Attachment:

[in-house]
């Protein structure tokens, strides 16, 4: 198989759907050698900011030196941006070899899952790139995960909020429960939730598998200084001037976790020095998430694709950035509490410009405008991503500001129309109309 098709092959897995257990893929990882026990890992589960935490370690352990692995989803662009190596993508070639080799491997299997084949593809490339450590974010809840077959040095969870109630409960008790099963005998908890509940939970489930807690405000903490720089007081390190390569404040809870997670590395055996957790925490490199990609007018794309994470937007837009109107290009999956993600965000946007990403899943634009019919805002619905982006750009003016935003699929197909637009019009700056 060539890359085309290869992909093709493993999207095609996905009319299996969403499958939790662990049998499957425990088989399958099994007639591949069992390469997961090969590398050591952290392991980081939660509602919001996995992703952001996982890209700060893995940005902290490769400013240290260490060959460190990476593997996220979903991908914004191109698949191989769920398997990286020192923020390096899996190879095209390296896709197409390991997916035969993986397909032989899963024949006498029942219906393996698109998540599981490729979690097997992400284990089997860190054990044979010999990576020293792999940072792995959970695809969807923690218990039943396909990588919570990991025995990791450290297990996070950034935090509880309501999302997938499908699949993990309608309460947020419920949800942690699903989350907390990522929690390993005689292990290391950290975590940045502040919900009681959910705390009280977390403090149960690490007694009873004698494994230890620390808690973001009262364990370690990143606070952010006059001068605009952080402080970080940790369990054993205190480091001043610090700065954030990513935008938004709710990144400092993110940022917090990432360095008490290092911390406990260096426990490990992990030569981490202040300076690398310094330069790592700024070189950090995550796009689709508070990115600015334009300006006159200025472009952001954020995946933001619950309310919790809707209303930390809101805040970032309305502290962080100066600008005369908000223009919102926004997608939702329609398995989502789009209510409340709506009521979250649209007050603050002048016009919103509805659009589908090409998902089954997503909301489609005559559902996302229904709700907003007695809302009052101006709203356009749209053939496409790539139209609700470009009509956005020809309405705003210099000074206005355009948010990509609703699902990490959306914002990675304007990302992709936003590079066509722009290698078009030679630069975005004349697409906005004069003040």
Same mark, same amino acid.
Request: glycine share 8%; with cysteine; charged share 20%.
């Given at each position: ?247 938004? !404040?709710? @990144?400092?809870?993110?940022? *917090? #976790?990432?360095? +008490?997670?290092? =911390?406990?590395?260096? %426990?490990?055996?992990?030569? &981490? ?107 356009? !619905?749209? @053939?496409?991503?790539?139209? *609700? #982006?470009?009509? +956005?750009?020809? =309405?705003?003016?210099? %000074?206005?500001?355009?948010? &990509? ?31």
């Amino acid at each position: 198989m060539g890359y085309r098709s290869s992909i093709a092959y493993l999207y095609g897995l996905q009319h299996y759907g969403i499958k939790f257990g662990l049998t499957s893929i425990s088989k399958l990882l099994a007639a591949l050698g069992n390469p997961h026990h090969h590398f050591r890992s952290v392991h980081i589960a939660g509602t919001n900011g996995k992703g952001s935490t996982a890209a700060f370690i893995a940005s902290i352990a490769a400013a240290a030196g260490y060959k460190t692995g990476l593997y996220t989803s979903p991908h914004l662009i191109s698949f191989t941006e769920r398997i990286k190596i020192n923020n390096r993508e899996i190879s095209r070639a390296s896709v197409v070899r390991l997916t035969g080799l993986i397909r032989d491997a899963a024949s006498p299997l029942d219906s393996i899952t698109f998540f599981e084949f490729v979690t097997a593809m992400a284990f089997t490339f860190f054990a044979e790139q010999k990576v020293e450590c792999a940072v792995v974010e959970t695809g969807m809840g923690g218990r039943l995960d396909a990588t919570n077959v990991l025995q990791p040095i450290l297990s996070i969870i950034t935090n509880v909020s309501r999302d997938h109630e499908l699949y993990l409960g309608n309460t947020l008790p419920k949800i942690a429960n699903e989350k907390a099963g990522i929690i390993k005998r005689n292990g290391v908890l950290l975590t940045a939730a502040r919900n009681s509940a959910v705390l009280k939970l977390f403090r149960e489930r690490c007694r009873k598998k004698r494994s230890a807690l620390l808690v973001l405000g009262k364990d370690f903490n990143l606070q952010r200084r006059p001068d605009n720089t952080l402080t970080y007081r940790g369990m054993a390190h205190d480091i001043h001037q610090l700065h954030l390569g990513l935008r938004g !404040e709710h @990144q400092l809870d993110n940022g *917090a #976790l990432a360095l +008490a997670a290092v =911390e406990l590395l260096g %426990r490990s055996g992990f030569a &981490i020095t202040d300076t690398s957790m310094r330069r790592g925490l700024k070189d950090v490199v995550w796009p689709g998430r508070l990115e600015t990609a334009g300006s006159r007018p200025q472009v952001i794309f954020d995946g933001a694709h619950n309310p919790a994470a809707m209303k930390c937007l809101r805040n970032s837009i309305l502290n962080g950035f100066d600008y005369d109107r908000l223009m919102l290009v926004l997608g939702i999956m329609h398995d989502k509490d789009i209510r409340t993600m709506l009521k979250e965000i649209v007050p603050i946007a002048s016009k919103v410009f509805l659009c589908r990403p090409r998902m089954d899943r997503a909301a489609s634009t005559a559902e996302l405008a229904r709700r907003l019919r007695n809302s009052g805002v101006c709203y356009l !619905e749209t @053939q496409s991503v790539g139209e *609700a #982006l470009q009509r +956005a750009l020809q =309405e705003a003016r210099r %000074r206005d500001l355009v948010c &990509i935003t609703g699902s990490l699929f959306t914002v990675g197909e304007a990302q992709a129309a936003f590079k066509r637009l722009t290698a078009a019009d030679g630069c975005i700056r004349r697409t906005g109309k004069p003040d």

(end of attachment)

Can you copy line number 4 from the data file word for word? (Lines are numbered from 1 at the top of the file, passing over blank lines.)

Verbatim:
Request: glycine share 8%; with cysteine; charged share 20%.